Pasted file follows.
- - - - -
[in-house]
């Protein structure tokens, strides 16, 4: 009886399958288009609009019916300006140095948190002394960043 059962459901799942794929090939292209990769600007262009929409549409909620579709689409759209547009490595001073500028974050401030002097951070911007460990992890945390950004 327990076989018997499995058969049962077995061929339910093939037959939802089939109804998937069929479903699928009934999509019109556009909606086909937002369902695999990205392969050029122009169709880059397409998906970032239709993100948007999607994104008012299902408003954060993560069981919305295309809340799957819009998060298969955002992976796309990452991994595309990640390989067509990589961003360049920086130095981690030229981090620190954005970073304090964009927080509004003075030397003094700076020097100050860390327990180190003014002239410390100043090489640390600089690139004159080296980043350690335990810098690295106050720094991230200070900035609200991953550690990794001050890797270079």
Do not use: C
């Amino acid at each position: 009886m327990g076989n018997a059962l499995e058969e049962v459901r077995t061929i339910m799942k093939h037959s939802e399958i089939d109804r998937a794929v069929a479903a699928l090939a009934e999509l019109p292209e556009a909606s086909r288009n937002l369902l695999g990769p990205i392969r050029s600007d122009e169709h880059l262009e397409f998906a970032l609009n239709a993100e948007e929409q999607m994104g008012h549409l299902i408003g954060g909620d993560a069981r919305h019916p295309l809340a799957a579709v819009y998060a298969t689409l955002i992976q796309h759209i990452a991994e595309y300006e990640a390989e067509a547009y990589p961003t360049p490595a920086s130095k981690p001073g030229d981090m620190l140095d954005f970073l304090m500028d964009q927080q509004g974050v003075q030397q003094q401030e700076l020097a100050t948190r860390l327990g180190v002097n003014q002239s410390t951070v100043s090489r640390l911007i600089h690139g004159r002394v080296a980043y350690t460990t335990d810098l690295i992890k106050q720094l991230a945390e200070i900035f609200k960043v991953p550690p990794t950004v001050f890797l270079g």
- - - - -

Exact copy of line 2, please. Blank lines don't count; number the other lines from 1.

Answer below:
């Protein structure tokens, strides 16, 4: 009886399958288009609009019916300006140095948190002394960043 059962459901799942794929090939292209990769600007262009929409549409909620579709689409759209547009490595001073500028974050401030002097951070911007460990992890945390950004 327990076989018997499995058969049962077995061929339910093939037959939802089939109804998937069929479903699928009934999509019109556009909606086909937002369902695999990205392969050029122009169709880059397409998906970032239709993100948007999607994104008012299902408003954060993560069981919305295309809340799957819009998060298969955002992976796309990452991994595309990640390989067509990589961003360049920086130095981690030229981090620190954005970073304090964009927080509004003075030397003094700076020097100050860390327990180190003014002239410390100043090489640390600089690139004159080296980043350690335990810098690295106050720094991230200070900035609200991953550690990794001050890797270079």